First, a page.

When you are looking after a woman in active labour you aim to be at their side for as much of the time as possible. As, for some, labour is slow, that can cover an entire 12-hour shift, so obviously you are not there 100% of the time. You have personal needs (going for a wee, eating Quality Street) and professional ones (discussing progress with midwife-in-charge, talking to doctors, preparing drugs). Also giving a couple the space to have a massive argument about why the hell he forgot the evian spray when she told him to get it four times. All important stuff.
Last week I looked after a lovely couple who were a little older and had conceived through IVF. I was a little surprised when she had told me, while her partner was in the toilet, that she had never really wanted children. Now it’s a tricky thing having a conversation with someone who is in labour without much pain relief. The flow tends to get interrupted by one of you suddenly being overwhelmed by debilitating pain on a regular basis (or having to focus positive energy on their body’s surges if hypnobirthing™). Either way conversational threads get left hanging so I didn’t really explore this.
An hour or two later I checked the woman’s blood results in the office and another midwife asked how things were going in my room – just out of conversational politeness, really. She then said, “She must be so happy finally having a baby.”
I bristled a bit about this remark. It was the assumption that all women are desperate to have a baby and that it is their ultimate fulfillment. So I answered, “Well actually she never really wanted to have children.” So far I was only repeating what the woman had told me but then I realised I needed to follow that up, so I did that annoying human thing of making a narrative out of minimal information. “I think her partner was actually the one who was keen to have a baby.” Because, I smugly thought, we need to remember that it’s not only women who want children.
I returned to the woman who eventually had an epidural which meant conversation was easier (I promise I have never encouraged a woman to have an epidural just because I thought she seemed really interesting and I wanted a chat… although I have been tempted). Both her and her partner were very open about the process of IVF and she followed up her earlier remark by explaining that although she had previously not wanted children she had changed her mind when her sister had a family. I’m not telling this to imply that all women ultimately want children – that was just her story.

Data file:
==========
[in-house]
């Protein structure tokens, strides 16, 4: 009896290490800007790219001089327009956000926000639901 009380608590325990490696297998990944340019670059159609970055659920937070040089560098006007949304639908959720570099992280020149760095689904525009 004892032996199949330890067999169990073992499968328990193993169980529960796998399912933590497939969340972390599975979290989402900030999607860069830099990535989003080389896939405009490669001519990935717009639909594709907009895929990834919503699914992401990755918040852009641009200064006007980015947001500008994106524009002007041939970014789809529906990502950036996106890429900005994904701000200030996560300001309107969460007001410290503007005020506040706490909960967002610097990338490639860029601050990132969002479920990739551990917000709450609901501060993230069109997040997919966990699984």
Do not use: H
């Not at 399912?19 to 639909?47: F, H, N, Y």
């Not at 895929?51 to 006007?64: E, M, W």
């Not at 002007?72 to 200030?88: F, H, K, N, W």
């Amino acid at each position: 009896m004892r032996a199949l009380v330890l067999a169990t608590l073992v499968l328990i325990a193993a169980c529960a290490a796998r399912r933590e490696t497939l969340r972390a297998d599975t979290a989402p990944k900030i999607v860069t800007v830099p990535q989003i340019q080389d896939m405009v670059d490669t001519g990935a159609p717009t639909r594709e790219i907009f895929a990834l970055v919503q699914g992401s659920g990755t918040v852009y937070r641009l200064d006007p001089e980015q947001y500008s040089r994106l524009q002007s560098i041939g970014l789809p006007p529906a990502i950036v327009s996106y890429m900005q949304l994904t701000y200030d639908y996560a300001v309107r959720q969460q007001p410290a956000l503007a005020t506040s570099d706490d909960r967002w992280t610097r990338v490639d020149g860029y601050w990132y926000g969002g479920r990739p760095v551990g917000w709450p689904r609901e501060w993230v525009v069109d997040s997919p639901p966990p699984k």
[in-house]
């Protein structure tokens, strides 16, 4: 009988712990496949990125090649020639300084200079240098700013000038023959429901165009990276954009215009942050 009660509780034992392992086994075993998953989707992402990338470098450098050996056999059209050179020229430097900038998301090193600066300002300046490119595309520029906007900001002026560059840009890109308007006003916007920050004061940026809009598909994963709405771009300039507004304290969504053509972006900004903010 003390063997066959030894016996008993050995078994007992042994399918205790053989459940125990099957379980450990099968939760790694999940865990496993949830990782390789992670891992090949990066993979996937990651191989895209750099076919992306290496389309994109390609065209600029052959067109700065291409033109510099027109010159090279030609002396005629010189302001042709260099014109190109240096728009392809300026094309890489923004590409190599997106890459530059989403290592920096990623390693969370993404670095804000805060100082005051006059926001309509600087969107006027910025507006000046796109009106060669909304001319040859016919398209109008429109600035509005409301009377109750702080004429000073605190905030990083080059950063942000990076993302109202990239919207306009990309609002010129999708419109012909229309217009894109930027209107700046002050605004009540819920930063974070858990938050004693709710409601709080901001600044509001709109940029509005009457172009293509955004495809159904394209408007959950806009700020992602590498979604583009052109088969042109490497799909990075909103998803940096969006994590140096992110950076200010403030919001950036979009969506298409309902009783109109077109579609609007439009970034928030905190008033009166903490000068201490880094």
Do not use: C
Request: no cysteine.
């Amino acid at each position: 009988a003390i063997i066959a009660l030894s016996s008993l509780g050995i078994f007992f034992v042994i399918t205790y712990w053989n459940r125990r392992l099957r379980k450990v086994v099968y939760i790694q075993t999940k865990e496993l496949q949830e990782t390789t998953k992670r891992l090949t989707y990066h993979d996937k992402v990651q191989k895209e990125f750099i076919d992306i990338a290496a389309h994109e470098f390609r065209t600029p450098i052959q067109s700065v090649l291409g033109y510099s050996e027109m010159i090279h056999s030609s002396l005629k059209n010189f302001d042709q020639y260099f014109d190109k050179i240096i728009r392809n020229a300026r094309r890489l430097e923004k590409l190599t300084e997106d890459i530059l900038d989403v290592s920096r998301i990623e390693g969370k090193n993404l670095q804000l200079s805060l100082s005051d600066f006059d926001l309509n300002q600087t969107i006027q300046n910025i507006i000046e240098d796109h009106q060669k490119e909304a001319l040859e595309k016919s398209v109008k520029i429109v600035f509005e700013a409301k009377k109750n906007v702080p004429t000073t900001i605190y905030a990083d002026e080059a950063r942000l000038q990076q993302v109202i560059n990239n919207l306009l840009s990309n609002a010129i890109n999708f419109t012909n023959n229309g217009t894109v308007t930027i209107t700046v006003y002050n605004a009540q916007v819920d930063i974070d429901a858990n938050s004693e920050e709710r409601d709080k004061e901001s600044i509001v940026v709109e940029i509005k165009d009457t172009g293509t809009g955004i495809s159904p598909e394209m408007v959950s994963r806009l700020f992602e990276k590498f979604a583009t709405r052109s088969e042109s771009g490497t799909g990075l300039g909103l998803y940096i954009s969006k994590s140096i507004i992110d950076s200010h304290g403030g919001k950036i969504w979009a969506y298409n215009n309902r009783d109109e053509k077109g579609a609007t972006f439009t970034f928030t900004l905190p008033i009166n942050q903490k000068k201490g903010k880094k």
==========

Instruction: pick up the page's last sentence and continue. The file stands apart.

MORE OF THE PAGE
So a few days later I was chatting to a colleague on my way into work. She had worked the shift immediately following mine – not looked after my women but had heard the handover and could fill me in on what happened (forceps delivery if you are wondering).
“She was the one who had been persuaded to do IVF by her husband wasn’t she?”
“What, no? Who said that?”
Couldn’t remember – a remark at handover probably. So my vague supposition had turned itself into a quasi-official fact. I tried to follow her up – I had a panic that someone might have thought the partner worth investigating for some form of spousal abuse. It seems not but I felt pretty terrible about it.
Strictly speaking what I had done was against regulations. The Nursing and Midwifery Council have rules about sharing information. It should only be between professionals who need to know about a case. But we are only human, sometimes we get the wrong end of the stick and we like to chat. Unless details are obviously sensitive I’m afraid we don’t think about the consequences of our conversations.
Just in case someone from the NMC is reading this (a) all the details are a complete fiction (the real situation is actually way more interesting but also way more identifiable) and (b) I have learnt my lesson and I won’t make any more offhand remarks again. Especially not to prove I’m more woke-than-thou.